For decades, Red Bank Catholic High School students have had the privilege of learning from Phys Ed teacher and RBC alumnus Mr. John Mautner (RBC ’65). They have come to know him as a genuine example of physical fitness and healthy living. True to that lifestyle, it was only days after school ended last June that he packed up his gear and headed to Old Forge, NY where he embarked on a solo journey to paddle through the 740-mile long Northern Forest Canoe Trail.
The trail, which revisits the traditional east-west route used by Native Americans and early settlers in the Northern Forest Region, begins in Old Forge, NY, travels through Lake Champlain, Vermont, Quebec, New Hampshire, and ends in Fort Kent, Maine. The preeminent water trail incorporates 22 rivers and streams, 58 lakes and ponds and 63 “portages” or trails travelers use to carry canoes to the next waterway. Mr. Mautner completed the journey in 36 days.
Each day began around 6:00 am and, after making breakfast and packing up his tent, he would begin the day’s travels. Mr. Mautner says he “covered a distance of 12 to 40 miles per day. Each day was original due to weather, topography and especially the necessary portages.”
He talks about the portages, explaining that “most were short, providing me with a safe way to avoid hazards such as dams, rapids and waterfalls. Some longer portages connecting watersheds occasionally followed roads and allowed me to strap the canoe to a wheeled cart and pull it behind me. My longest portage of the Trail was the six mile Grand Portage in Quebec.”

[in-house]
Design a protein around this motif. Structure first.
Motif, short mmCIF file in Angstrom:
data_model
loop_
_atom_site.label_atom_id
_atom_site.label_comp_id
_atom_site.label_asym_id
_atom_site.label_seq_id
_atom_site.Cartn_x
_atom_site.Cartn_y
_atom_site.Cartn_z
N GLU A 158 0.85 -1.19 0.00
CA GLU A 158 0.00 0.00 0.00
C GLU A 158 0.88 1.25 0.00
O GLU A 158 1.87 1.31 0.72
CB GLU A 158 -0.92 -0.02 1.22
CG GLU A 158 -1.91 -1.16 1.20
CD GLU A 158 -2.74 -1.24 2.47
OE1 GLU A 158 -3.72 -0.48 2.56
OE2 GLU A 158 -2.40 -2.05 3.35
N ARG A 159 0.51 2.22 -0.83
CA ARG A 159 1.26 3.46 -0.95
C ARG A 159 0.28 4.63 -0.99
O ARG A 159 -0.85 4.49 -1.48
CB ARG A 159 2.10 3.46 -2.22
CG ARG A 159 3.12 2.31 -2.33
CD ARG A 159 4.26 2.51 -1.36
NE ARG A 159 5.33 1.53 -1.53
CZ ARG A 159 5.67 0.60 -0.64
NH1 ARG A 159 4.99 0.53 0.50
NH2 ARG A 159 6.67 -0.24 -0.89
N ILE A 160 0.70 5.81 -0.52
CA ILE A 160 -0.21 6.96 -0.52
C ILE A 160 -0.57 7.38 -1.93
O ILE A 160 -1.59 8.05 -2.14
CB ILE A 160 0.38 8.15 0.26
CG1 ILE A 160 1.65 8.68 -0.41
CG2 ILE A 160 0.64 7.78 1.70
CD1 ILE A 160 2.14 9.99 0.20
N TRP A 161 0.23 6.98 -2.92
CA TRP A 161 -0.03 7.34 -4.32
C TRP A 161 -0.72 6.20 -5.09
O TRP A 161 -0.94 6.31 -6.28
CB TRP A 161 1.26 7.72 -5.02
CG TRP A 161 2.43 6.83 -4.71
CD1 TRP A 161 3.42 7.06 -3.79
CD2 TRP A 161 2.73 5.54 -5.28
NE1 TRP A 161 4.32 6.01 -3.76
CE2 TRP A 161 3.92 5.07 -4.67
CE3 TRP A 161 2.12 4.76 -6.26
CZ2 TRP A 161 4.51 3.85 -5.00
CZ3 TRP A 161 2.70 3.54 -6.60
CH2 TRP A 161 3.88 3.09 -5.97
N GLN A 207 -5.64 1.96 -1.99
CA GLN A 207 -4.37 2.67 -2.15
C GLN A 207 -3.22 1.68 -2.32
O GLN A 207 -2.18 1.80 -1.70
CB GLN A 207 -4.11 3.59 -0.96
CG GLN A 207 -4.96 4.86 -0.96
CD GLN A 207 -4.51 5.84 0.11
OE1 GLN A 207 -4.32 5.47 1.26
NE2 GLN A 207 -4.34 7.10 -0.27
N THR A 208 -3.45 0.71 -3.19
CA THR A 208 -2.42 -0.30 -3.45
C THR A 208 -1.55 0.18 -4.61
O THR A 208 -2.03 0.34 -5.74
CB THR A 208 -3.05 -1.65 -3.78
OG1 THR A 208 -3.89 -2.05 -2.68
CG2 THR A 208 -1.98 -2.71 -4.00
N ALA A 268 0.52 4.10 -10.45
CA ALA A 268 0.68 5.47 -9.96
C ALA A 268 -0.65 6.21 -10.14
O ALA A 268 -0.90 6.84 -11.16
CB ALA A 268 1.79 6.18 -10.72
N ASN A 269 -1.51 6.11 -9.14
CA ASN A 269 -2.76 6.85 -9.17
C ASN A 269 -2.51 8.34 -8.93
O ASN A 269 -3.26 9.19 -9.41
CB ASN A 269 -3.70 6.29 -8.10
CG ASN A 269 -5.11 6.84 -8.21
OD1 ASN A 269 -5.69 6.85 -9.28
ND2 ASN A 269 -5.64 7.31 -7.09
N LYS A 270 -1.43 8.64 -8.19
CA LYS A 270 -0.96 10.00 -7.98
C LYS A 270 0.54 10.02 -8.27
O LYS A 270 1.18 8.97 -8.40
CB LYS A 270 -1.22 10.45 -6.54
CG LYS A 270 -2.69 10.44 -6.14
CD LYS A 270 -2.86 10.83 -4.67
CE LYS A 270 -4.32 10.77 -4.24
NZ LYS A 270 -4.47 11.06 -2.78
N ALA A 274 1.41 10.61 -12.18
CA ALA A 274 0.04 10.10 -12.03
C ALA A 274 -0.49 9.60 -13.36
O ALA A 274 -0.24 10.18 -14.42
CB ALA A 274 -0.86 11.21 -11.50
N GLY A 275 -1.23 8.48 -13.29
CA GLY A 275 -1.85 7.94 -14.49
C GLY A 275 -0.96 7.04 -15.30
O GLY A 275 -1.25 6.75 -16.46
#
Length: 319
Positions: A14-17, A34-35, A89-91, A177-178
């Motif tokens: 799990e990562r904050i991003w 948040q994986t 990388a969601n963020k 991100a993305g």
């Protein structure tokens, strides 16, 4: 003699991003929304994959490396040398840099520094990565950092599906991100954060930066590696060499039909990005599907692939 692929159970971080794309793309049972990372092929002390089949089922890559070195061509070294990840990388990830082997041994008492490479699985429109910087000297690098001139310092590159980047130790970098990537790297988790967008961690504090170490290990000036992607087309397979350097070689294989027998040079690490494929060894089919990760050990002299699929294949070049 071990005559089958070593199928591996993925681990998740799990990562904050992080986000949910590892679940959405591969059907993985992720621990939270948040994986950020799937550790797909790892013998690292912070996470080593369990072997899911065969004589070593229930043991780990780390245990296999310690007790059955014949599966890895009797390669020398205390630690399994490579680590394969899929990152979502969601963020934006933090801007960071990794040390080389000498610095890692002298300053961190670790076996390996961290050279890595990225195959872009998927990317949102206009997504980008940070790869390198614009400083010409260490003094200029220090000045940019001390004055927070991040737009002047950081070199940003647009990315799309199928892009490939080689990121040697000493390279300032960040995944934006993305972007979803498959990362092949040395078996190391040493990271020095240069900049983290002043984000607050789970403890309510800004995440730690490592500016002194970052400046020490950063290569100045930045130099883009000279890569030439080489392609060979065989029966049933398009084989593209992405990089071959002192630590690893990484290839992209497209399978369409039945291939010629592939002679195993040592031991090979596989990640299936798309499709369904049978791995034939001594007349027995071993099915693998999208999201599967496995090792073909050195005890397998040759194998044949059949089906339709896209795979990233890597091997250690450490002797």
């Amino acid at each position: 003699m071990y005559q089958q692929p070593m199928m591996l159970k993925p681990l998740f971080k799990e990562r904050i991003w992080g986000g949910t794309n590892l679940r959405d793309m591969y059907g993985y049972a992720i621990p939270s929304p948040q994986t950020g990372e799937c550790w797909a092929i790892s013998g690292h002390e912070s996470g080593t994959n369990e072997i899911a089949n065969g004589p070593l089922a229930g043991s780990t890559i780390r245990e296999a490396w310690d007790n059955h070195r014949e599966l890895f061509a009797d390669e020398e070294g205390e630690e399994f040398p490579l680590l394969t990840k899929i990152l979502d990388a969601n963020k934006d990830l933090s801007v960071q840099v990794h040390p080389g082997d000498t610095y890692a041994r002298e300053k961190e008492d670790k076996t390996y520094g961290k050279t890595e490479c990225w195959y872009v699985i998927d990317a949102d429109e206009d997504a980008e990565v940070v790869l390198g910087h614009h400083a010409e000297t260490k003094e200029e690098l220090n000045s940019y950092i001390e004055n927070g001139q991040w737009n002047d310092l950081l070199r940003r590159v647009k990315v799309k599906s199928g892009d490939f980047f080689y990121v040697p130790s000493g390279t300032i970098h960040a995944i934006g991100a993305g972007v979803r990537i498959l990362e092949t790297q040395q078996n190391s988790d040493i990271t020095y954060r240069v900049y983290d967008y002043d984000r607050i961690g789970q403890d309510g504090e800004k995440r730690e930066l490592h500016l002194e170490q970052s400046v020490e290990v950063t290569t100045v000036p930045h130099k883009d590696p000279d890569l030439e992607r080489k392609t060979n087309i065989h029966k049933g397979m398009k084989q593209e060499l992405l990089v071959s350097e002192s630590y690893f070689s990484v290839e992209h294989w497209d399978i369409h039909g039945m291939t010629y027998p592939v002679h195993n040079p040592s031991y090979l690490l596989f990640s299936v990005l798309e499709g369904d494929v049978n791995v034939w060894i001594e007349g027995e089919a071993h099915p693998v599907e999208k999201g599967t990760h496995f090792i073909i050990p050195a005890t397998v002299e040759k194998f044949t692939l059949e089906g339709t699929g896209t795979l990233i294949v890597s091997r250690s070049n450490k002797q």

The day Mr. Mautner trekked the Grand Portage was the day he “completed the final 12 miles of upstream paddling on the Missisquoi River, completed the Grand Portage, and paddled south on Lake Memphremagog to Newport, Vermont and the required US Customs check." He adds, “It was a long 30 mile day, rewarded with a restaurant dinner.”
Mr. Mautner says “I was thrilled to have experienced the scenic beauty, history and daily routine of exploration that the trip provided. I look forward to sharing the story with my students this fall.”